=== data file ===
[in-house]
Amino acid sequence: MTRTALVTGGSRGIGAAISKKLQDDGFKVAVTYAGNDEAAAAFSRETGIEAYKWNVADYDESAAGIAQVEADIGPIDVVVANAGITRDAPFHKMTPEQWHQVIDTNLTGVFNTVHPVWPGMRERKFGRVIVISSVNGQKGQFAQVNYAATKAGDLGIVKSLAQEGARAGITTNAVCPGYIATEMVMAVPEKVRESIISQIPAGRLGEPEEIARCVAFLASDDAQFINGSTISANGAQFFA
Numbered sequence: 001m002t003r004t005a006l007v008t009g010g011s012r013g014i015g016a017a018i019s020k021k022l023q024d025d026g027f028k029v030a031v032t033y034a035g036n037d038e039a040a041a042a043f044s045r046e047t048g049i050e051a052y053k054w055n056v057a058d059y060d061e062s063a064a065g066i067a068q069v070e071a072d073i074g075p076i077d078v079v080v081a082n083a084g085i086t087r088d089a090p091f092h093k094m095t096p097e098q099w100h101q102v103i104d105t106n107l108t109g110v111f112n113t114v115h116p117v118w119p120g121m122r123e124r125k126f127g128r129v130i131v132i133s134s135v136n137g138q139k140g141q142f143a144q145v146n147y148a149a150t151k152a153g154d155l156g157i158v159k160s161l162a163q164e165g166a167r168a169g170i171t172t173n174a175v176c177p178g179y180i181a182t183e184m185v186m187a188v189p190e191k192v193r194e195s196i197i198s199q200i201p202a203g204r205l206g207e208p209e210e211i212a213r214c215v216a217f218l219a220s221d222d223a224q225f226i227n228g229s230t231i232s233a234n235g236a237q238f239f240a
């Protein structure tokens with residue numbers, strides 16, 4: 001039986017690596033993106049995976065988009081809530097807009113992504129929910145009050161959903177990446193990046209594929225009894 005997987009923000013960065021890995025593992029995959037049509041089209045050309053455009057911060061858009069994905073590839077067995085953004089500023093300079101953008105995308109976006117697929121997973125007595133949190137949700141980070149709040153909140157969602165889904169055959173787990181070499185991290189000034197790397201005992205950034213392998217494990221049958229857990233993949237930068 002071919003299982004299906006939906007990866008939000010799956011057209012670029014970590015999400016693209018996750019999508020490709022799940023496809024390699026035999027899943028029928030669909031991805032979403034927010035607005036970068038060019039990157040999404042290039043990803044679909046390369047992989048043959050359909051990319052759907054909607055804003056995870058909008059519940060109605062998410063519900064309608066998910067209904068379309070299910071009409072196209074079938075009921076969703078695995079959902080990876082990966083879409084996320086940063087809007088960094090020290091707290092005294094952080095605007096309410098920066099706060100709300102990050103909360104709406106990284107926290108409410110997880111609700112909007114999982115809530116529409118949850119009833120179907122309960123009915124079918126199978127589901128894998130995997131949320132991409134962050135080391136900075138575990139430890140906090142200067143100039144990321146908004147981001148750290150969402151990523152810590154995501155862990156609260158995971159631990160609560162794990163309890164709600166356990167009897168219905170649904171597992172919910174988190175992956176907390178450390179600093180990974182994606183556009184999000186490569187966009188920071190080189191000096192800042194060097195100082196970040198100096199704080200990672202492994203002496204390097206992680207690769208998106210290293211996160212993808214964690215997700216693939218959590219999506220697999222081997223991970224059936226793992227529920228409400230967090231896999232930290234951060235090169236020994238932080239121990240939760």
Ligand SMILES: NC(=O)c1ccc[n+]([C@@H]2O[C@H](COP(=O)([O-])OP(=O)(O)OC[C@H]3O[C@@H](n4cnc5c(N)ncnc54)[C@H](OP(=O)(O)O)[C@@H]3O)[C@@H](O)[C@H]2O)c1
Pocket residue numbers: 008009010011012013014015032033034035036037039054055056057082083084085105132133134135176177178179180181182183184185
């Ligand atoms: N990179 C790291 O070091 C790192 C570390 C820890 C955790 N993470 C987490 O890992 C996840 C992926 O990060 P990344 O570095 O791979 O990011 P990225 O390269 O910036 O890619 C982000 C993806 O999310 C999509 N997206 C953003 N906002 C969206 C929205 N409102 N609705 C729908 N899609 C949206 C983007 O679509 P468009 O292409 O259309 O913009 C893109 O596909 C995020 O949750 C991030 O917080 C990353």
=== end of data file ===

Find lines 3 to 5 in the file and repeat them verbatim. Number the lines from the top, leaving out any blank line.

Numbered sequence: 001m002t003r004t005a006l007v008t009g010g011s012r013g014i015g016a017a018i019s020k021k022l023q024d025d026g027f028k029v030a031v032t033y034a035g036n037d038e039a040a041a042a043f044s045r046e047t048g049i050e051a052y053k054w055n056v057a058d059y060d061e062s063a064a065g066i067a068q069v070e071a072d073i074g075p076i077d078v079v080v081a082n083a084g085i086t087r088d089a090p091f092h093k094m095t096p097e098q099w100h101q102v103i104d105t106n107l108t109g110v111f112n113t114v115h116p117v118w119p120g121m122r123e124r125k126f127g128r129v130i131v132i133s134s135v136n137g138q139k140g141q142f143a144q145v146n147y148a149a150t151k152a153g154d155l156g157i158v159k160s161l162a163q164e165g166a167r168a169g170i171t172t173n174a175v176c177p178g179y180i181a182t183e184m185v186m187a188v189p190e191k192v193r194e195s196i197i198s199q200i201p202a203g204r205l206g207e208p209e210e211i212a213r214c215v216a217f218l219a220s221d222d223a224q225f226i227n228g229s230t231i232s233a234n235g236a237q238f239f240a
């Protein structure tokens with residue numbers, strides 16, 4: 001039986017690596033993106049995976065988009081809530097807009113992504129929910145009050161959903177990446193990046209594929225009894 005997987009923000013960065021890995025593992029995959037049509041089209045050309053455009057911060061858009069994905073590839077067995085953004089500023093300079101953008105995308109976006117697929121997973125007595133949190137949700141980070149709040153909140157969602165889904169055959173787990181070499185991290189000034197790397201005992205950034213392998217494990221049958229857990233993949237930068 002071919003299982004299906006939906007990866008939000010799956011057209012670029014970590015999400016693209018996750019999508020490709022799940023496809024390699026035999027899943028029928030669909031991805032979403034927010035607005036970068038060019039990157040999404042290039043990803044679909046390369047992989048043959050359909051990319052759907054909607055804003056995870058909008059519940060109605062998410063519900064309608066998910067209904068379309070299910071009409072196209074079938075009921076969703078695995079959902080990876082990966083879409084996320086940063087809007088960094090020290091707290092005294094952080095605007096309410098920066099706060100709300102990050103909360104709406106990284107926290108409410110997880111609700112909007114999982115809530116529409118949850119009833120179907122309960123009915124079918126199978127589901128894998130995997131949320132991409134962050135080391136900075138575990139430890140906090142200067143100039144990321146908004147981001148750290150969402151990523152810590154995501155862990156609260158995971159631990160609560162794990163309890164709600166356990167009897168219905170649904171597992172919910174988190175992956176907390178450390179600093180990974182994606183556009184999000186490569187966009188920071190080189191000096192800042194060097195100082196970040198100096199704080200990672202492994203002496204390097206992680207690769208998106210290293211996160212993808214964690215997700216693939218959590219999506220697999222081997223991970224059936226793992227529920228409400230967090231896999232930290234951060235090169236020994238932080239121990240939760």
Ligand SMILES: NC(=O)c1ccc[n+]([C@@H]2O[C@H](COP(=O)([O-])OP(=O)(O)OC[C@H]3O[C@@H](n4cnc5c(N)ncnc54)[C@H](OP(=O)(O)O)[C@@H]3O)[C@@H](O)[C@H]2O)c1